Featured Research

from universities, journals, and other organizations

Biochemical engineering: Waste not, want not

Date:
March 13, 2013
Source:
The Agency for Science, Technology and Research (A*STAR)
Summary:
A simple fermentation treatment can convert a by-product of biofuel production into a valuable chemical feedstock for a wide range of biomedical products.

A simple fermentation treatment can convert a by-product of biofuel production into a valuable chemical feedstock for a wide range of biomedical products.

Related Articles


Powered by sunlight, microalgae are tiny biofuel generators that soak up carbon dioxide to produce energy-rich lipids, which are showing promise as a potential source of clean energy. Maximizing lipid production is the focus of many research efforts, but the material remaining after lipid extraction has caught the attention of Md. Mahabubur Rahman Talukder and his co-workers at the A*STAR Institute of Chemical and Engineering Sciences. Currently, this 'lipid-depleted biomass' is either burned for energy, or simply discarded as a waste product. Talukder and his team have developed a process that turns this material into a valuable chemical feedstock1.

The researchers have pioneered a two-step biochemical process that converts lipid-depleted biomass into lactic acid. This substance is in increasing demand as a feedstock for polylactic acid (PLA), a biopolymer with numerous medical applications, ranging from surgical sutures to orthopedic implants. The high cost of raw materials used in the manufacture of lactic acid currently limits PLA use. Thus, producing an alternative source from algal lipid-extraction waste is proving attractive. Generating two valuable products from the algae, specifically the microalgae Nannochloropsis salina, would spread the costs of microalgae production, making the biofuel more cost-competitive with conventional fuels.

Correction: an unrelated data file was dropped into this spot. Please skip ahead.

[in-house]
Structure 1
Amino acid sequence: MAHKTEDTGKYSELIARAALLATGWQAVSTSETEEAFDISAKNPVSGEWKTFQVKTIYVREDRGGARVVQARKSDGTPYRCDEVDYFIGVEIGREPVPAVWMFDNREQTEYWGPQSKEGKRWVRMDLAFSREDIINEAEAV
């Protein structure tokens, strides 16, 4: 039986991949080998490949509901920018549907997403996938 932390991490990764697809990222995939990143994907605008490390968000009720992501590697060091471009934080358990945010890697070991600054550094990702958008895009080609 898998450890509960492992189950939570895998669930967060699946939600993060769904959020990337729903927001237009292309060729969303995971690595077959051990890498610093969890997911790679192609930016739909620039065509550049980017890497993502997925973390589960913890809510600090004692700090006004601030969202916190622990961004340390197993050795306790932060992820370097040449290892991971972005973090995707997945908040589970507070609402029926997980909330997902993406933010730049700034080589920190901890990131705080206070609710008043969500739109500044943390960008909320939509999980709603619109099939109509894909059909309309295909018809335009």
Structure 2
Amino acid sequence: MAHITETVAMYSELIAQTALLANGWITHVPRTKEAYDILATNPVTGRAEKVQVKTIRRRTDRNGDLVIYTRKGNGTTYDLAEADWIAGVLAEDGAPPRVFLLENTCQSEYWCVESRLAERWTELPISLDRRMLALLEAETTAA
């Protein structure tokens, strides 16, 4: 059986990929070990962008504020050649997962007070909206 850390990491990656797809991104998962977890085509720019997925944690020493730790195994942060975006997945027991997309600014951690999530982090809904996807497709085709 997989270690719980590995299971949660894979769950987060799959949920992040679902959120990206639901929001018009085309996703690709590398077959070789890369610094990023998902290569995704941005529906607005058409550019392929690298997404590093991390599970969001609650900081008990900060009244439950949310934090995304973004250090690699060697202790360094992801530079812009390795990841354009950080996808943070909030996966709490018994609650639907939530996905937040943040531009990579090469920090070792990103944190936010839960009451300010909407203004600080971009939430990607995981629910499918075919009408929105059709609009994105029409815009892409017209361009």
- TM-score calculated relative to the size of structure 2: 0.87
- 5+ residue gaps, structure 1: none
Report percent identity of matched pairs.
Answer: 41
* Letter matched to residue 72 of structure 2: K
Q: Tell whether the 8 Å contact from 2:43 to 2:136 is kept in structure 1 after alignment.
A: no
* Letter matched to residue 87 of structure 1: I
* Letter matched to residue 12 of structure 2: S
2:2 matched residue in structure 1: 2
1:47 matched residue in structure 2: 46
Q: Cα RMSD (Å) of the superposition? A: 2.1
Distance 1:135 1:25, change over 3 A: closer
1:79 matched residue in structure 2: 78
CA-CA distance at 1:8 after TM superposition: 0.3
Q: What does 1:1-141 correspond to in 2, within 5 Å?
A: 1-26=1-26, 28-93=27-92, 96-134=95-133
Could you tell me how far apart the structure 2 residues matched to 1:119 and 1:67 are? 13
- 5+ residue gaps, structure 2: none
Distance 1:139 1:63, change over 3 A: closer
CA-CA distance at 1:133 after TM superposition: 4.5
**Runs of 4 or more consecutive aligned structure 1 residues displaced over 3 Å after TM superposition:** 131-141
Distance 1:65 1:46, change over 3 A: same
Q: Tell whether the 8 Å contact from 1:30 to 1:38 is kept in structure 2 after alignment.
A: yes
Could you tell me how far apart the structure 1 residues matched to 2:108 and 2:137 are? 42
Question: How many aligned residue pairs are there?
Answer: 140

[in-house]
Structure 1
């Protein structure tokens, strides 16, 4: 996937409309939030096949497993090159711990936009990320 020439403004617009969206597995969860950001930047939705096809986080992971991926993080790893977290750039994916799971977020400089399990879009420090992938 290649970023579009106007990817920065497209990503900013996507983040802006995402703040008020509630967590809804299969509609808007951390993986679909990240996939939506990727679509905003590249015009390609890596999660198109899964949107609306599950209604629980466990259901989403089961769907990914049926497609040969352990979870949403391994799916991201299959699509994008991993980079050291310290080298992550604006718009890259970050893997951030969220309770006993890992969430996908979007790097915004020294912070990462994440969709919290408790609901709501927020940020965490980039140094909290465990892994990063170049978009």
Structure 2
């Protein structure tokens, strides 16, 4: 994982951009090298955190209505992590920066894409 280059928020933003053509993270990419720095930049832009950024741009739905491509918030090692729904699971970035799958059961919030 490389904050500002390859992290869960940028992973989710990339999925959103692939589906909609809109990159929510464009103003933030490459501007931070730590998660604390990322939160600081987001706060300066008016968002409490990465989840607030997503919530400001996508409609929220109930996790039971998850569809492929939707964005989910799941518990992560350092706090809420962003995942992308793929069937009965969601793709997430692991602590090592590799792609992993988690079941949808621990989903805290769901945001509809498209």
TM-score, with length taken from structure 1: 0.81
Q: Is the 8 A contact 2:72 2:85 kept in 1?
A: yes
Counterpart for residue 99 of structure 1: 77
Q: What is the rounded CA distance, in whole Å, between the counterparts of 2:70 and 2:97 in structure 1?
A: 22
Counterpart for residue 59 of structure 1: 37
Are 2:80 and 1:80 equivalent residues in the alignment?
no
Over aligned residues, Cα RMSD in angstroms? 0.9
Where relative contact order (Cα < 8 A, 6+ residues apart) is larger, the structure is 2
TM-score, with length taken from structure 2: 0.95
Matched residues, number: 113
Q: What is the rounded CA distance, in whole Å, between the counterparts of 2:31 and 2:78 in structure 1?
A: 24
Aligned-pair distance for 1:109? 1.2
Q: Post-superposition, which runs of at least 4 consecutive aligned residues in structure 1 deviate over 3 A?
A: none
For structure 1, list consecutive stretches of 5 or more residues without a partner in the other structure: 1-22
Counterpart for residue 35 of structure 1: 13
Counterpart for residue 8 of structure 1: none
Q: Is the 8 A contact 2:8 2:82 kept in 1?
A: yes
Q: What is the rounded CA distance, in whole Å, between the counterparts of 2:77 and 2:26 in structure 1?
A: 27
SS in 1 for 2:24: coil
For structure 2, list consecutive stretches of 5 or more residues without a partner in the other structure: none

To produce both lipid and lactic acid from N. salina, Talukder and his co-workers first subjected the microalgae to an acid hydrolysis pre-treatment step. This process broke down the organisms' polysaccharide-based cell walls into simple sugars, while releasing the lipid for extraction. The researchers also systematically examined different acid concentrations, reaction times and temperatures. They identified that treatment for 1 hour at 120 °C maximizes sugar and lipid production.

When Talukder and his co-workers extracted the lipid at this point, the lipid-depleted biomass, now rich in sugars, remained. They converted this material into lactic acid by fermentation. The team then added the bacterium Lactobacillus pentosus, which consumed the sugars over a 48-hour period, to generate the lactic acid.

The researchers found that, to maximize lactic acid production, they first had to remove metal ions from the mixture. Microalgae harvesting typically involves an iron chloride treatment, but the residual iron appeared to inhibit fermentation. "One of the next steps in our research will be to develop a chemical-free microalgae harvesting method so that fermentation will not be negatively affected," Talukder says. The researchers are also screening different bacterial strains for higher lactic acid productivity, and developing their current two-step process into a single-step operation.

The A*STAR-affiliated researchers contributing to this research are from the Institute of Chemical and Engineering Sciences


Story Source:

The above story is based on materials provided by The Agency for Science, Technology and Research (A*STAR). Note: Materials may be edited for content and length.